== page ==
i didn't have to wait twenty minutes before a train began to slowly make its way from the yard. i scurried across the tracks to hide behind a heap of junk, ducking even further when the headlights splayed across the tracks. as soon as the head end crawled past, i walked from my hide-out and began to scope for a ride. the first few cars were auto racks, then pigs with a couple of 48's, none of which i could ride. out of the corner of my eye, i noticed a perfect ride. a pig with three axles, good enough to hide me from prying eyes, though God only knows who would be looking at this time of night. tightening the grip on my pack, i began to trot at a good clip, ready to "bag" this train.
the trick with catching out under the steel bridge is that one has to be careful as the tracks begin to divide in separate directions. one has to keep a good watch on the ground beneath their feet as well as the hauling freight before them. it is quite easy to trip on the ties. however, because of my height, i rely on the separation of the tracks to help me vault myself onto the train. pretty risky, but... soon i found myself running up to that break in the tracks and keeping time with my chosen ride i timed myself exactly, grabbing onto the sides of the pigs and shoved myself up onto the greasy floor. in ecstasy, i laid back, smiling to myself... ahhhh, this is wonderful.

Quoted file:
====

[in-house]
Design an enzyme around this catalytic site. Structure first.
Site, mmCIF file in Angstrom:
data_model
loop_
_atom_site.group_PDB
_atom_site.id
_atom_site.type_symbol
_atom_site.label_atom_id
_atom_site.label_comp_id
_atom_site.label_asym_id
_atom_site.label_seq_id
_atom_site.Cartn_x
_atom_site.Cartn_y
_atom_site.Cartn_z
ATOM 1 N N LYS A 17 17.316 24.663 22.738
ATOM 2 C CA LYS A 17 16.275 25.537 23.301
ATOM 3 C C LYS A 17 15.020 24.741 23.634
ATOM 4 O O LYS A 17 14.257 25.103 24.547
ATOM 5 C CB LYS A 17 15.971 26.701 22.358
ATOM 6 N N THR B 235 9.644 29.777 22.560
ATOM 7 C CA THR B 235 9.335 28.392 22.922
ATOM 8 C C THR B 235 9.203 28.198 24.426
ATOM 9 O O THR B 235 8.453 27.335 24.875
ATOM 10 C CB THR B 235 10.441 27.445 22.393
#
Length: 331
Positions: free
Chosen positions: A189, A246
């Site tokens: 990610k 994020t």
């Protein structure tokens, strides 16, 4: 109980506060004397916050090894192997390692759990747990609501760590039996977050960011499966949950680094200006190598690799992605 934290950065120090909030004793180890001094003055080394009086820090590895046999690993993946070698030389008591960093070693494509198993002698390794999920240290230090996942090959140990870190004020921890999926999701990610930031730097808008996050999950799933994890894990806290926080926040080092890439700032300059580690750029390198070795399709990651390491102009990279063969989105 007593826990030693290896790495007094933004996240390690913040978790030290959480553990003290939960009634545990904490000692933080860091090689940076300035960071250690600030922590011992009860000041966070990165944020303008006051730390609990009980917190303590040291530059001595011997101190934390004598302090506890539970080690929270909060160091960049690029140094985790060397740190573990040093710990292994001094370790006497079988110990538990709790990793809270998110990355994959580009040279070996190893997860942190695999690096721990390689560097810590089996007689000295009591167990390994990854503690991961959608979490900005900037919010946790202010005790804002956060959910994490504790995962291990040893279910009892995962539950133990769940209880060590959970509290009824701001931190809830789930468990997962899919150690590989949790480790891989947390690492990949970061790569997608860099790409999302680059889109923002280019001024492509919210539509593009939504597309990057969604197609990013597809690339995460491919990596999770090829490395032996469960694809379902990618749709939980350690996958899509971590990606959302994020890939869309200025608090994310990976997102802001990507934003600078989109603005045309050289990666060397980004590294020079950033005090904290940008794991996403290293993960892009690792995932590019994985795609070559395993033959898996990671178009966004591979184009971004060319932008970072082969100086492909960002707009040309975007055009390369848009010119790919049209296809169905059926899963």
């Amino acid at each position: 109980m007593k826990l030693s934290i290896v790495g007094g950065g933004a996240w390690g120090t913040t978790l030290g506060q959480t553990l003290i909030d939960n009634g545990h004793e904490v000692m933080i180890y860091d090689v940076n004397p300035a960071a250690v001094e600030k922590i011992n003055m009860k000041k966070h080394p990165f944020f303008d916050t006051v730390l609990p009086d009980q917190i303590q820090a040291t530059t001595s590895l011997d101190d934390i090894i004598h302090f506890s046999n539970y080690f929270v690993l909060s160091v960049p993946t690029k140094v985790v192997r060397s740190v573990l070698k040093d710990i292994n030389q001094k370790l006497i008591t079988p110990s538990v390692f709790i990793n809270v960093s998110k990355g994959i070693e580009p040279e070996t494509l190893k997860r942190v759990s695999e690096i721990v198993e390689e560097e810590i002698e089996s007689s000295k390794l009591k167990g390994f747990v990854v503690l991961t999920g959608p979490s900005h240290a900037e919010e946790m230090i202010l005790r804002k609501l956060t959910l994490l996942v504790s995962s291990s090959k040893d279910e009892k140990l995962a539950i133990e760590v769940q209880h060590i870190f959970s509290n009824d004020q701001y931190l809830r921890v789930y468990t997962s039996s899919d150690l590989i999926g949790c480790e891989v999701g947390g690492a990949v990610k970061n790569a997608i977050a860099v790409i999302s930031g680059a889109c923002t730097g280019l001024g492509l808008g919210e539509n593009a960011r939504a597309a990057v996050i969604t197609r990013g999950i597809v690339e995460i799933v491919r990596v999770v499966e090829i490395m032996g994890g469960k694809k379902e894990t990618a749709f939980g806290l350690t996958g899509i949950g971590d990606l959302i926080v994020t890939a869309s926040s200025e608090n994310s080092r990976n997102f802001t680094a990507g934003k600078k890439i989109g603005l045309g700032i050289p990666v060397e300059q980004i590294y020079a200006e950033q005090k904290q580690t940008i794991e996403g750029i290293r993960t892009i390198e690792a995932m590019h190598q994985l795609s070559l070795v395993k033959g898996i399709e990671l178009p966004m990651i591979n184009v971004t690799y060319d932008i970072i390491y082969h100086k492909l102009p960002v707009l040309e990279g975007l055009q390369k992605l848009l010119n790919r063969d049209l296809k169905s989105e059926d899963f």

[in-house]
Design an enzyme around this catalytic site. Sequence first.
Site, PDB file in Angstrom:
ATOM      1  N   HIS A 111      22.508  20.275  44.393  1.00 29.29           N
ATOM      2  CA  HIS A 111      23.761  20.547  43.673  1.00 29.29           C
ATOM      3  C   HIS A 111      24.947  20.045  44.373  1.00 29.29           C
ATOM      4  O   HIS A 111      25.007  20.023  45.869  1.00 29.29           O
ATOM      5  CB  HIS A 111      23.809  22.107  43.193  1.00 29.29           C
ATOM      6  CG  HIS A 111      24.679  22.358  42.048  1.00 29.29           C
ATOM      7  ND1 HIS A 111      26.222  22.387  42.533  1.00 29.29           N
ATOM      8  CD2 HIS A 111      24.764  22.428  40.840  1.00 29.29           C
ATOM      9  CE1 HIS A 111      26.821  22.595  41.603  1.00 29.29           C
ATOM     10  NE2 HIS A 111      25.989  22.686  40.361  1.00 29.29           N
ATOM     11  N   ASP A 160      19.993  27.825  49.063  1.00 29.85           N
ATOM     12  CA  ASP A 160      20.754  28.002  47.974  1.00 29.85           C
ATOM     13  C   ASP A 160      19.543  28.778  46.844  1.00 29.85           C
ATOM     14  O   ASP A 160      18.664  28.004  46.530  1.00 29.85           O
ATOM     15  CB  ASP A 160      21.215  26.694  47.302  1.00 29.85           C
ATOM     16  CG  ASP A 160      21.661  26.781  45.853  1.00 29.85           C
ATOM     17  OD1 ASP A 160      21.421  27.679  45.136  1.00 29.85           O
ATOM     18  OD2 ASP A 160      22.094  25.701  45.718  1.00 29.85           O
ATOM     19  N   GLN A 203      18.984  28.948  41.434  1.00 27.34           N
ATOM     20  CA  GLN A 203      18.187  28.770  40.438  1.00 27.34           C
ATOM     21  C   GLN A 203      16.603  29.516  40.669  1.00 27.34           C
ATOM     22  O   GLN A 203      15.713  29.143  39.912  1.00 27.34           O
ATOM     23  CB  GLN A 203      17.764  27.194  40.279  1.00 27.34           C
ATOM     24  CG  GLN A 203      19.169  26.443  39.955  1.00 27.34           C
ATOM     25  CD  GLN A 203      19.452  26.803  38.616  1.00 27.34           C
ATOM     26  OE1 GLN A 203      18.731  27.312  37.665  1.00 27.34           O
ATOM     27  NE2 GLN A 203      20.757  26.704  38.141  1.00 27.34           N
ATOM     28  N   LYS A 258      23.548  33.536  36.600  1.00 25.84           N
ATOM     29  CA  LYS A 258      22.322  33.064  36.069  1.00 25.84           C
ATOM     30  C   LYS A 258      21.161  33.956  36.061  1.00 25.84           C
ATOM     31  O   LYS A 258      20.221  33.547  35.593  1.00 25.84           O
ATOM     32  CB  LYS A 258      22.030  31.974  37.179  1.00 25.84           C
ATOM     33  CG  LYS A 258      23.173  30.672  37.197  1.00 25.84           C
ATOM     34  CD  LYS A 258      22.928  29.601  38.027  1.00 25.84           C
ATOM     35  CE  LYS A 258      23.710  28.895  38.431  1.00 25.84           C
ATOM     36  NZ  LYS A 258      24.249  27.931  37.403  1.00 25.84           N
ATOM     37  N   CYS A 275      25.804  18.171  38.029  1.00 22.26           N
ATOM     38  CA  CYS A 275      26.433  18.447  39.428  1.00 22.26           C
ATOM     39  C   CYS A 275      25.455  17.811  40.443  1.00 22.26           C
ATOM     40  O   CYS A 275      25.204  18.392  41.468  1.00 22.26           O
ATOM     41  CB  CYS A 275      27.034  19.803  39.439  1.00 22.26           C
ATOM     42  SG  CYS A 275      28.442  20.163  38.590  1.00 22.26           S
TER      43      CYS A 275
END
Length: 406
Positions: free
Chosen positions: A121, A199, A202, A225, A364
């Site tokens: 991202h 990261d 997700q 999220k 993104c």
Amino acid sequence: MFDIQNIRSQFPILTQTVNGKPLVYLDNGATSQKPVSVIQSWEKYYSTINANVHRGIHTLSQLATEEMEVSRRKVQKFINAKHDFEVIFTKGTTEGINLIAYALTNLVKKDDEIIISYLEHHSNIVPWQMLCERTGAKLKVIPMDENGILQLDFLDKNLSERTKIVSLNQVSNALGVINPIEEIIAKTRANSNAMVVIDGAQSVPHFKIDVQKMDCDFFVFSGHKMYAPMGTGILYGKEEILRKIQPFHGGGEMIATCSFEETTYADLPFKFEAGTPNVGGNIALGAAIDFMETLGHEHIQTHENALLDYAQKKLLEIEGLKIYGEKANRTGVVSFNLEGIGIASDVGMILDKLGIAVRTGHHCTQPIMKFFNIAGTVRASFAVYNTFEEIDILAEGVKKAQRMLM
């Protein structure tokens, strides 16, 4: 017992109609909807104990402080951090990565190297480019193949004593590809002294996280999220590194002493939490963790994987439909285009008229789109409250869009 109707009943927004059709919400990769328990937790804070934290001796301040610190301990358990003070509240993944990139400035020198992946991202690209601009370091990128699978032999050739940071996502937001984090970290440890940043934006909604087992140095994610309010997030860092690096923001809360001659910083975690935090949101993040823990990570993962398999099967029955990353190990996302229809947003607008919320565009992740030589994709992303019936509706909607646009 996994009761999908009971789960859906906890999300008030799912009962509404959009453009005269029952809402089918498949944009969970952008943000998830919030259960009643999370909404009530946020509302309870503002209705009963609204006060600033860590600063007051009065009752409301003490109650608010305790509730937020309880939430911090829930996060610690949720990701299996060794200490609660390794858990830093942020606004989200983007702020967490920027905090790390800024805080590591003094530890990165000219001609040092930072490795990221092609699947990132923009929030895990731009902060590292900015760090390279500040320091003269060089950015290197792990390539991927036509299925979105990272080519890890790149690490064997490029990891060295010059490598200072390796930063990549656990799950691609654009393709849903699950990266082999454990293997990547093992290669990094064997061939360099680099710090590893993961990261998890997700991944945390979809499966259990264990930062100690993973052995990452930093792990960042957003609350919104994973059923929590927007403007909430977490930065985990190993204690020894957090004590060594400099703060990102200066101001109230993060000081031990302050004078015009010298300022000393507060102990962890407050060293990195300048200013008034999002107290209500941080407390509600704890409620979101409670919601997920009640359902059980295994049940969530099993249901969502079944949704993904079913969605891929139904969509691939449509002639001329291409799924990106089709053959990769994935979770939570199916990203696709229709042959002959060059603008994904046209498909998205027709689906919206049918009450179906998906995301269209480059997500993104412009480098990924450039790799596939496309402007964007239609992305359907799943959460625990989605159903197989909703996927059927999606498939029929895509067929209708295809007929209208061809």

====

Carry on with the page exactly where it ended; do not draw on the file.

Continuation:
the sounds of the highway woke me out of my reverie. excited i glanced back at the retreating city and waved. how corny, but... how else can someone say goodbye to a chapter in their days?